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Carrot Top Chimichurri Recipe

Carrot greens combine with garlic, crushed red pepper, olive oil, red wine vinegar and salt to make a lovely Carrot Top Chimichurri sauce. This carrot greens recipe is delicious with steak, seafood, on roasted veggies and more.

carrot greens are shown on a wood table

As a nation, we aren’t really in tune enough with food. Real food, that is — the kind that grows in the ground and comes to us in its purest form. We aren’t a nation of farmers and homesteaders anymore, and although pockets of those groups exist all over the country, there are so many people (of all ages) who can’t tell a sweet potato from a butternut squash.

Growing food — and knowing what fresh food looks like — used to be how families fed themselves. On our family homestead in the early 20th century, we had an orchard and growing fields and chickens and more. Baked goods were made from scratch and stored in the larder. Farming wasn’t just a job, it was a way of life.

For some, it still is.

It’s a foreign concept these days to imagine being the kind of self-sufficient that grows their own food and lives a deliberate life that doesn’t include working for someone else. People do it, but it’s uncommon, unusual, different.

That used to be the norm.

carrot greens attached to multi-colored carrots are shown on a wood table

Of course, the truth is that if not for Bugs Bunny cartoons, I wouldn’t have known as a child that carrots grow with frilly carrot greens poking above the ground. I wouldn’t have dreamed of one day having carrots like that and eating them like my favorite wascally wabbit. And I wouldn’t have come to wonder why we only eat the root part of the carrot and discard the greens.

It doesn’t have to be like that. We could more fully consume the food that’s being grown.

If you happen upon some carrot tops, don’t toss them!

What to do with carrot tops

The frilly greens on the tops of carrots are edible and delicious in a variety of dishes. From salads to sauces, carrot greens add a pleasant flavor that can be a touch bitter (like parsley) but is tasty nonetheless.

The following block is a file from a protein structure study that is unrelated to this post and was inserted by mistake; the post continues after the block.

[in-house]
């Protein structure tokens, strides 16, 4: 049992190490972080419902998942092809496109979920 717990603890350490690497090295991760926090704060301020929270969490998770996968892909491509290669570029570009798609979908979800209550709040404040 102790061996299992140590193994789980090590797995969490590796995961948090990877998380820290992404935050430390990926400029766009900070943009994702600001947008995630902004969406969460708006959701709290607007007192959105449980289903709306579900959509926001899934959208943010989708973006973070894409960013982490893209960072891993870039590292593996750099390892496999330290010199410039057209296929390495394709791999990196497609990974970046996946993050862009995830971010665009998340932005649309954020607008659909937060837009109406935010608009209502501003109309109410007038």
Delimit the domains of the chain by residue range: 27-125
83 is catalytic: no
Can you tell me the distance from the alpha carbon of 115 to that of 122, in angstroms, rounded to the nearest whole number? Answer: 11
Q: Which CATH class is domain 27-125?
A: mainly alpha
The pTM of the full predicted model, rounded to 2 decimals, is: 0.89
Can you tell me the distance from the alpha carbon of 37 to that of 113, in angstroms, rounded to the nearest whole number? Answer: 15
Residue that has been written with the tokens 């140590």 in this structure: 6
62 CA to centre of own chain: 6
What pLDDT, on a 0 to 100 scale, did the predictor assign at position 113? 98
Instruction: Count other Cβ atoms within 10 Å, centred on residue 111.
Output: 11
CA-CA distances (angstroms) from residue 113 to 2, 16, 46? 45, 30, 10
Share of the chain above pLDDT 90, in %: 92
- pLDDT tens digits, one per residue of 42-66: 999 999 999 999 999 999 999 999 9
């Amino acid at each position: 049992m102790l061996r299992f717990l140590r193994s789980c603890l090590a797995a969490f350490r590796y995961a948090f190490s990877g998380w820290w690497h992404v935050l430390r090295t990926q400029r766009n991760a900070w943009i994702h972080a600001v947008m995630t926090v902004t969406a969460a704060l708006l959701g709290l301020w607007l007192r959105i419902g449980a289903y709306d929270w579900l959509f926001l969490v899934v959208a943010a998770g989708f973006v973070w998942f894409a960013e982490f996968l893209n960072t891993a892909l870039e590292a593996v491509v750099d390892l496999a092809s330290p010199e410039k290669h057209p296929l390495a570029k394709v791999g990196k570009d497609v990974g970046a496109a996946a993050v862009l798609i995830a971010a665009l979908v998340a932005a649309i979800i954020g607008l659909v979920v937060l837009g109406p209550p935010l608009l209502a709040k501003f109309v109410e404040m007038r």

carrot greens, garlic, crushed red peppers and other ingredients are shown in a red food processor

Combined with garlic, crushed red pepper, olive oil, red wine vinegar and salt, carrot tops also make a lovely chimichurri sauce. A food processor makes quick work of making this Carrot Top Chimichurri Sauce recipe.

I love the tangy, freshness of chimichurri sauce. Although it’s traditionally made with parsley, I love switching up the flavor by substituting other greens — like in my Basil Chimichurri, my Swiss Chard Chimichurri and in my Kale Chimichurri.

Carrot Top Chimichurri sauce is shown in a glass bowl on a white surface

Once it’s swirled together, there are so many ways to use this carrot greens recipe. Try it drizzled on flatbread pizza, on roasted cauliflower or spooned onto potatoes. It’s also delicious on steak, steak sandwiches and more.

This Carrot Top Chimichurri also makes a lovely substitute for cocktail sauce. Try serving it with steamed shrimp for dipping.

a plate of shrimp with one shrimp in a small bowl of green sauce
Yield: 1 cup

Carrot Top Chimichurri

Carrot Top Chimichurri
Prep Time 5 minutes
Total Time 5 minutes


  • 1 cup carrot top leaves
  • 1/2 cup olive oil
  • 2 tbsp red wine vinegar
  • 1 clove garlic
  • 1 tsp  kosher salt
  • 1/4 tsp  black pepper
  • 1/4 tsp  crushed red pepper


  1. Combine all the ingredients in the bowl of a food processor. Process until the ingredients are evenly chopped.
  2. Store in an airtight container for up to 5 days.


Monday 29th of June 2020

Can this be frozen for later use?

Sarah Walker Caron

Tuesday 30th of June 2020

Yes, it can!

Jamie Sy

Monday 11th of May 2020

Hi! Is there any alternative for red wine vinegar? Will apple cider or an ordinary vinegar suffice? Thanks in advance!

Sarah Walker Caron

Wednesday 13th of May 2020

Hi Jamie, you want something with the vibrancy of red wine vinegar. I wouldn't use white vinegar — it doesn't have the nuance this recipe needs. Apple cider vinegar will work as an alternative, though it will impact the flavor. If you had something unusual like a cranberry vinegar, that would work too (and be a little closer to the flavor of red wine vinegar). Hope that helps! — Sarah

Kate Dwyer

Monday 30th of July 2018

This is a fantastic use of carrot greens!

Sarah Walker Caron

Tuesday 31st of July 2018

Thank you!

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